Can The Recession Be Fixed?

Attempts to fix the current economic recession have been on the front page for months as bailout plans and ideas abound to lend a helping hand to those entities that created debt of such gigantic proportions to be considered too large to fail.

Are there any ways to fix the dilemma we’re in? Bill Fleckenstein had some thoughts on this topic in a story titled “A recession the Fed can’t easily fix:”

Most of the recessions in this country over the past 50 years were caused by the Federal Reserve raising interest rates to battle inflation. The two most recent recessions, though, were created not by Fed tightening but as a consequence of its reckless easy-money policies followed by the exhaustion of, first, the tech-stock bubble and, later, the housing bubble.

Thus, this is not a recession that can be easily stopped by the Fed simply relaxing monetary policy, as might have occurred in the old days. (Of course, the Fed hasn’t just relaxed policy — it has moved the monetary equivalent of heaven and earth.)

I have been predicting for a few years that the bursting of the housing bubble, in combination with the unwinding of the epic credit binge, was going to lead to extreme carnage on the downside, as consumers and financial institutions would both be impaired. That is where we are today.

Now the Fed has done what it’s done and will promise to do more. At last week’s meeting of the its Open Market Committee, the Fed essentially said it might as well hold future meetings at Strategic Air Command headquarters outside Omaha, Neb., so as to be closer to the B-52s it will need to deliver money to the country posthaste.

For any doubters out there, please note the last paragraph of the committee’s communiqué: “The Federal Reserve will purchase large quantities of agency debt and mortgage-backed securities . . . and it stands ready to expand its purchases of agency debt and mortgage-backed securities as conditions warrant. . . . The committee is also evaluating the potential benefits of purchasing longer-term Treasury securities.”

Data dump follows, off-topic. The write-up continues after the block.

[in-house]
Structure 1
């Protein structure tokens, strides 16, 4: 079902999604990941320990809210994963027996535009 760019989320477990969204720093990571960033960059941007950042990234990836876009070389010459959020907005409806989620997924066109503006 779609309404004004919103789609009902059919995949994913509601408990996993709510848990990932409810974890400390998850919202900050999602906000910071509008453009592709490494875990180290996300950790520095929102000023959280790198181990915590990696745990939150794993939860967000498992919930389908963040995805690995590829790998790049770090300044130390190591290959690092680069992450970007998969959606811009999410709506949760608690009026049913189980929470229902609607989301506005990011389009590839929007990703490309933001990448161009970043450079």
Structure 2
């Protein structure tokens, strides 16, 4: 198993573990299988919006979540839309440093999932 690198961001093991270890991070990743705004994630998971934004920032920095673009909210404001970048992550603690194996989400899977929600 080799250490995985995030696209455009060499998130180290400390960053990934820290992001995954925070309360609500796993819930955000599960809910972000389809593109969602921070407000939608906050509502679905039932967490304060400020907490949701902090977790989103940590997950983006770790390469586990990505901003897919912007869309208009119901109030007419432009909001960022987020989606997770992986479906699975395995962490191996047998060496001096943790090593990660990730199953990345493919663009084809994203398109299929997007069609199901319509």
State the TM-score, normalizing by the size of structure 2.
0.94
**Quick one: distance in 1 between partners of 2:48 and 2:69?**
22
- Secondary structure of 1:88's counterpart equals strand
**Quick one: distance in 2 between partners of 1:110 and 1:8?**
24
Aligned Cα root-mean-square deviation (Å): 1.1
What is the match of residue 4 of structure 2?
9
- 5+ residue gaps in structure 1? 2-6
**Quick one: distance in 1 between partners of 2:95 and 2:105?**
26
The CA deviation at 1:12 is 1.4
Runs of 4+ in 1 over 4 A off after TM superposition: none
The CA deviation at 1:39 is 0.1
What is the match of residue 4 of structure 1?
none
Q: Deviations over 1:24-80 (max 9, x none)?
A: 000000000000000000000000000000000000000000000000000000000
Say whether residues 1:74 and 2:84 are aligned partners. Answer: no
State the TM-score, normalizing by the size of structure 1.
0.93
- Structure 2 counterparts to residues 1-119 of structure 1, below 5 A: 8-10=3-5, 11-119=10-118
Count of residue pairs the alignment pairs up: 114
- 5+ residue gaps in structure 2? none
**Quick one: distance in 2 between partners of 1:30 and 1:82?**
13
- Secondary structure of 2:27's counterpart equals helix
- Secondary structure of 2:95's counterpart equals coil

In other words, the Fed went for it, corroborating the view that many of us have held for some time: that when push came to shove, the central bank would let nothing stand in the way of printing any amount of money and monetizing anything required to fend off the ill effects of the collapsing bubble.

There’s an unwritten sequel to this story: The Fed will be exceedingly slow to remove that liquidity. Thus, whenever the economy stabilizes, at whatever level, the rate of inflation seen shortly thereafter will be quite substantial, I would guess.

I’m sure the new administration will create equally gargantuan stimulus programs. But in my opinion, we’re still going to have a brutal recession, and it will be longer and deeper than most people believe.

I expect that the rally now under way in fits and starts will not last all that long into 2009 and that it will set up a rather attractive short-selling opportunity. Those who are overexposed to equities might want to think about using the strength to lighten up, if my thought process makes sense to you.

My working hypothesis, although just a guess at this point, is that sometime around the coronation of Barack Obama might be as good a juncture as any for the market to flip over, if it actually does rally into the third week of January. Of course, that guesswork will be subject to change.

Bill’s viewpoint pretty much reflects my thinking as well. I simply can’t see how a credit bubble of epic proportions will simply be over in a few months without deep repercussions.

The big question is whether this current short-term up move off the (temporary) bottom has enough muscle to penetrate the long-term trend line of our domestic Trend Tracking Index (TTI), or will it fall short. These are the only two possibilities at this point.

Having a definite plan in place allows us to deal with either outcome. If the rally falls short, we will have avoided a whip-saw signal. If the current move has legs, and our Buy point gets triggered, we will move back in with a portion of our portfolios. Should a directional reversal subsequently occur, our sell stop discipline will move us back to the sidelines before the bear continues on its downward path.

In other words, we don’t need to make any predictions, we simply let the market come to us and deal with it accordingly.

About Ulli Niemann

Ulli Niemann is the publisher of "The ETF Bully" and is a Registered Investment Advisor. Learn more
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